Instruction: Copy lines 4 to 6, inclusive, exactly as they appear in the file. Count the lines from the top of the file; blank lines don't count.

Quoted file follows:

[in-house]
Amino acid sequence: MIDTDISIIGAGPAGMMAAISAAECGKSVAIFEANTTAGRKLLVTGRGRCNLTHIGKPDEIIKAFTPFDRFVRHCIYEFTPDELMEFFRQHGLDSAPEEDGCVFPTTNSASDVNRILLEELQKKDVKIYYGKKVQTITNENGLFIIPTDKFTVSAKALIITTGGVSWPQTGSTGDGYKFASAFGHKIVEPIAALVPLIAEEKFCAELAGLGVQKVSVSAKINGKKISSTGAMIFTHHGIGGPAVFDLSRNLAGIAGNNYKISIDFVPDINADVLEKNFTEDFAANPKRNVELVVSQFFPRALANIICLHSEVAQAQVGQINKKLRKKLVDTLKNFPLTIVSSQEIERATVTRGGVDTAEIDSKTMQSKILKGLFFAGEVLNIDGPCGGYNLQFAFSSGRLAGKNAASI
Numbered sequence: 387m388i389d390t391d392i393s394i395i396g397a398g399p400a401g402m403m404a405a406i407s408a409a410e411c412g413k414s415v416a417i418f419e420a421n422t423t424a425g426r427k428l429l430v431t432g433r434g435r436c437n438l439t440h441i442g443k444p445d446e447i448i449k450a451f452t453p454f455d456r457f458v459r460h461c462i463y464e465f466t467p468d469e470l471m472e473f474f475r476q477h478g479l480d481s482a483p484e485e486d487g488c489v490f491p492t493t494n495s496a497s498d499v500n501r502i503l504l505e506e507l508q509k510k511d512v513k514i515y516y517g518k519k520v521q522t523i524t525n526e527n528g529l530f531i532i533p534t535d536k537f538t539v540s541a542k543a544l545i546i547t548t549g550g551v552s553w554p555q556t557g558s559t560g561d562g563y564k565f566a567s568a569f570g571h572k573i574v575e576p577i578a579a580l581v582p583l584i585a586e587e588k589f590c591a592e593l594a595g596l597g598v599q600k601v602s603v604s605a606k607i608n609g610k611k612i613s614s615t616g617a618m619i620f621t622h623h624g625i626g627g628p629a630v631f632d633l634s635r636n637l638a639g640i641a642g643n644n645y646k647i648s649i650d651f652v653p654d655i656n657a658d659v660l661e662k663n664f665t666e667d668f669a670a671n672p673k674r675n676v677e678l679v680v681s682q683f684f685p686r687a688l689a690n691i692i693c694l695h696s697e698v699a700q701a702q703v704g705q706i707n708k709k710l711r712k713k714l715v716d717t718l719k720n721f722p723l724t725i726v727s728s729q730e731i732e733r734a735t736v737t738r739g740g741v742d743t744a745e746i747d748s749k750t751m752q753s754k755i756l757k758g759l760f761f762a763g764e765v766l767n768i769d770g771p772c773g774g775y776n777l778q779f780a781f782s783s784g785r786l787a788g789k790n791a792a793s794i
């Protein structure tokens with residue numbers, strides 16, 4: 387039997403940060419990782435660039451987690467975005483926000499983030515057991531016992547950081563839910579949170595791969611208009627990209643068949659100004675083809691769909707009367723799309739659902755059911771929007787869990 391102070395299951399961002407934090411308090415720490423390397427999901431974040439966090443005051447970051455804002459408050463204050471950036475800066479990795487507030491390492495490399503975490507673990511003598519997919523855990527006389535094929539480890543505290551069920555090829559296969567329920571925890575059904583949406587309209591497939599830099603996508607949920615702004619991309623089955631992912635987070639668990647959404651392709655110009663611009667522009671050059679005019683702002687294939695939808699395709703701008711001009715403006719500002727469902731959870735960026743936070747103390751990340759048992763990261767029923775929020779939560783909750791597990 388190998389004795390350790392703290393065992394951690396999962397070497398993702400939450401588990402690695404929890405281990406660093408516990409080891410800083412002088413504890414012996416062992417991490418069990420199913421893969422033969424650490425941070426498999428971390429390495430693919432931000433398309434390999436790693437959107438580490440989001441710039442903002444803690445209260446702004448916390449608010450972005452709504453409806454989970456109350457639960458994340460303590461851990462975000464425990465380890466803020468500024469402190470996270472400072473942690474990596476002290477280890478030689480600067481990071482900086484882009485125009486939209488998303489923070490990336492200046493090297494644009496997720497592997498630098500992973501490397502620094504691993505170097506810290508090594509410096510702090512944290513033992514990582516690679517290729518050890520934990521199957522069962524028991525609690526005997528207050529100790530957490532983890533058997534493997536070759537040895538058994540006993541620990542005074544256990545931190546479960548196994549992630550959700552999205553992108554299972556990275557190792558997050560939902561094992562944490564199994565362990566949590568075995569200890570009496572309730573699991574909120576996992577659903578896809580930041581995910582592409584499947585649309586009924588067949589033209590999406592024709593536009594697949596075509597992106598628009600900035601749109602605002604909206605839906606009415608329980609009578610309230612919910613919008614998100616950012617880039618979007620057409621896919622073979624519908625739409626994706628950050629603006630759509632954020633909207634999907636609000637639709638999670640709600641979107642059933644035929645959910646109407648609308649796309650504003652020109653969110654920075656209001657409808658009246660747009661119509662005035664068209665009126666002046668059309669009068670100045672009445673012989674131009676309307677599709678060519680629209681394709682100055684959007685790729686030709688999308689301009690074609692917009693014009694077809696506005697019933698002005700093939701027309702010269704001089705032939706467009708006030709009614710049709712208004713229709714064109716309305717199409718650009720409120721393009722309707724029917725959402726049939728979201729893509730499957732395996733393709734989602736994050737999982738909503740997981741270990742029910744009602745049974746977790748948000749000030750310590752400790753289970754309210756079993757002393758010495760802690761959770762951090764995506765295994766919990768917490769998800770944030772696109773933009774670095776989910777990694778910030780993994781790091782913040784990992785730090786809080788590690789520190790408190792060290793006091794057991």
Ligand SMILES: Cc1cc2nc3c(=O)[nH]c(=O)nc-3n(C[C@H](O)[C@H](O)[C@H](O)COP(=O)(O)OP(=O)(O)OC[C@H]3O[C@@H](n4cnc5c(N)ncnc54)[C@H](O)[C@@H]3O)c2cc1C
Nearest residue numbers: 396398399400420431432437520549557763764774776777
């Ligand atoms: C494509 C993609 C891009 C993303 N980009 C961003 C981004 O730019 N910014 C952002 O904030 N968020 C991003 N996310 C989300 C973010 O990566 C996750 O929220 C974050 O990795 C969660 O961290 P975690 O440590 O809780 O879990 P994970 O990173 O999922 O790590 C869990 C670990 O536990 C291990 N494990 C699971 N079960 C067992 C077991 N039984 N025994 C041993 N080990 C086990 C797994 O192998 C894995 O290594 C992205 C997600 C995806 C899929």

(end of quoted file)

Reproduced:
């Protein structure tokens with residue numbers, strides 16, 4: 387039997403940060419990782435660039451987690467975005483926000499983030515057991531016992547950081563839910579949170595791969611208009627990209643068949659100004675083809691769909707009367723799309739659902755059911771929007787869990 391102070395299951399961002407934090411308090415720490423390397427999901431974040439966090443005051447970051455804002459408050463204050471950036475800066479990795487507030491390492495490399503975490507673990511003598519997919523855990527006389535094929539480890543505290551069920555090829559296969567329920571925890575059904583949406587309209591497939599830099603996508607949920615702004619991309623089955631992912635987070639668990647959404651392709655110009663611009667522009671050059679005019683702002687294939695939808699395709703701008711001009715403006719500002727469902731959870735960026743936070747103390751990340759048992763990261767029923775929020779939560783909750791597990 388190998389004795390350790392703290393065992394951690396999962397070497398993702400939450401588990402690695404929890405281990406660093408516990409080891410800083412002088413504890414012996416062992417991490418069990420199913421893969422033969424650490425941070426498999428971390429390495430693919432931000433398309434390999436790693437959107438580490440989001441710039442903002444803690445209260446702004448916390449608010450972005452709504453409806454989970456109350457639960458994340460303590461851990462975000464425990465380890466803020468500024469402190470996270472400072473942690474990596476002290477280890478030689480600067481990071482900086484882009485125009486939209488998303489923070490990336492200046493090297494644009496997720497592997498630098500992973501490397502620094504691993505170097506810290508090594509410096510702090512944290513033992514990582516690679517290729518050890520934990521199957522069962524028991525609690526005997528207050529100790530957490532983890533058997534493997536070759537040895538058994540006993541620990542005074544256990545931190546479960548196994549992630550959700552999205553992108554299972556990275557190792558997050560939902561094992562944490564199994565362990566949590568075995569200890570009496572309730573699991574909120576996992577659903578896809580930041581995910582592409584499947585649309586009924588067949589033209590999406592024709593536009594697949596075509597992106598628009600900035601749109602605002604909206605839906606009415608329980609009578610309230612919910613919008614998100616950012617880039618979007620057409621896919622073979624519908625739409626994706628950050629603006630759509632954020633909207634999907636609000637639709638999670640709600641979107642059933644035929645959910646109407648609308649796309650504003652020109653969110654920075656209001657409808658009246660747009661119509662005035664068209665009126666002046668059309669009068670100045672009445673012989674131009676309307677599709678060519680629209681394709682100055684959007685790729686030709688999308689301009690074609692917009693014009694077809696506005697019933698002005700093939701027309702010269704001089705032939706467009708006030709009614710049709712208004713229709714064109716309305717199409718650009720409120721393009722309707724029917725959402726049939728979201729893509730499957732395996733393709734989602736994050737999982738909503740997981741270990742029910744009602745049974746977790748948000749000030750310590752400790753289970754309210756079993757002393758010495760802690761959770762951090764995506765295994766919990768917490769998800770944030772696109773933009774670095776989910777990694778910030780993994781790091782913040784990992785730090786809080788590690789520190790408190792060290793006091794057991």
Ligand SMILES: Cc1cc2nc3c(=O)[nH]c(=O)nc-3n(C[C@H](O)[C@H](O)[C@H](O)COP(=O)(O)OP(=O)(O)OC[C@H]3O[C@@H](n4cnc5c(N)ncnc54)[C@H](O)[C@@H]3O)c2cc1C
Nearest residue numbers: 396398399400420431432437520549557763764774776777